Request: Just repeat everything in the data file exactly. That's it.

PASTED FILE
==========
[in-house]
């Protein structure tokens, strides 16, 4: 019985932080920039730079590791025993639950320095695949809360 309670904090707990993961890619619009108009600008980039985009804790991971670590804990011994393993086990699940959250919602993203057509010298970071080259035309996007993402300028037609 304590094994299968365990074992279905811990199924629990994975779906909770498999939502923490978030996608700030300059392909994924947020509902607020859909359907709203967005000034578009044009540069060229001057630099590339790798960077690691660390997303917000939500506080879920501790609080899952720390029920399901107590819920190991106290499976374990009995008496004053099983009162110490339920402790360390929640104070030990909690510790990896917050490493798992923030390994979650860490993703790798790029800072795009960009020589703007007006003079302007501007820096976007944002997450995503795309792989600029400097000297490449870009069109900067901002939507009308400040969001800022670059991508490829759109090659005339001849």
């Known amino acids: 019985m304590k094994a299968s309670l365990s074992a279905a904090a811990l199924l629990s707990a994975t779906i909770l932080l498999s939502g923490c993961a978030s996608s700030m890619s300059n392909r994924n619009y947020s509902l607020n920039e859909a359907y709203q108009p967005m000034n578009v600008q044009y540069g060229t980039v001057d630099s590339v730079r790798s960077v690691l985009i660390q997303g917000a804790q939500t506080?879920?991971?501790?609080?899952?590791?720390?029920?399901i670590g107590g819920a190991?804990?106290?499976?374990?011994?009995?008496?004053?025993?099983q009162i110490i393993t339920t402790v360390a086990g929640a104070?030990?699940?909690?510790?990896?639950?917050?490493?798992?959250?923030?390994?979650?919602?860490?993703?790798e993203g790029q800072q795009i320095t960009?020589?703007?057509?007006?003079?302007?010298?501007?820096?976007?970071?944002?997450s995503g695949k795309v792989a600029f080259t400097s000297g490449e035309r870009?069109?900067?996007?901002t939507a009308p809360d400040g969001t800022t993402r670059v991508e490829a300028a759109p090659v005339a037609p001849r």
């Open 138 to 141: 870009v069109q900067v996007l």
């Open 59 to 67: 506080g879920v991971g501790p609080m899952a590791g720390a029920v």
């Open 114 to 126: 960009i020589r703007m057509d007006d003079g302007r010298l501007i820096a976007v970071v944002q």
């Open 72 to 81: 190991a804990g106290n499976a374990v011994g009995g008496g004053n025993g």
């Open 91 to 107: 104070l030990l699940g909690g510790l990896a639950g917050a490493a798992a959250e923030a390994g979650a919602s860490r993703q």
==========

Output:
[in-house]
């Protein structure tokens, strides 16, 4: 019985932080920039730079590791025993639950320095695949809360 309670904090707990993961890619619009108009600008980039985009804790991971670590804990011994393993086990699940959250919602993203057509010298970071080259035309996007993402300028037609 304590094994299968365990074992279905811990199924629990994975779906909770498999939502923490978030996608700030300059392909994924947020509902607020859909359907709203967005000034578009044009540069060229001057630099590339790798960077690691660390997303917000939500506080879920501790609080899952720390029920399901107590819920190991106290499976374990009995008496004053099983009162110490339920402790360390929640104070030990909690510790990896917050490493798992923030390994979650860490993703790798790029800072795009960009020589703007007006003079302007501007820096976007944002997450995503795309792989600029400097000297490449870009069109900067901002939507009308400040969001800022670059991508490829759109090659005339001849």
């Known amino acids: 019985m304590k094994a299968s309670l365990s074992a279905a904090a811990l199924l629990s707990a994975t779906i909770l932080l498999s939502g923490c993961a978030s996608s700030m890619s300059n392909r994924n619009y947020s509902l607020n920039e859909a359907y709203q108009p967005m000034n578009v600008q044009y540069g060229t980039v001057d630099s590339v730079r790798s960077v690691l985009i660390q997303g917000a804790q939500t506080?879920?991971?501790?609080?899952?590791?720390?029920?399901i670590g107590g819920a190991?804990?106290?499976?374990?011994?009995?008496?004053?025993?099983q009162i110490i393993t339920t402790v360390a086990g929640a104070?030990?699940?909690?510790?990896?639950?917050?490493?798992?959250?923030?390994?979650?919602?860490?993703?790798e993203g790029q800072q795009i320095t960009?020589?703007?057509?007006?003079?302007?010298?501007?820096?976007?970071?944002?997450s995503g695949k795309v792989a600029f080259t400097s000297g490449e035309r870009?069109?900067?996007?901002t939507a009308p809360d400040g969001t800022t993402r670059v991508e490829a300028a759109p090659v005339a037609p001849r």
């Open 138 to 141: 870009v069109q900067v996007l």
């Open 59 to 67: 506080g879920v991971g501790p609080m899952a590791g720390a029920v």
């Open 114 to 126: 960009i020589r703007m057509d007006d003079g302007r010298l501007i820096a976007v970071v944002q």
């Open 72 to 81: 190991a804990g106290n499976a374990v011994g009995g008496g004053n025993g």
């Open 91 to 107: 104070l030990l699940g909690g510790l990896a639950g917050a490493a798992a959250e923030a390994g979650a919602s860490r993703q």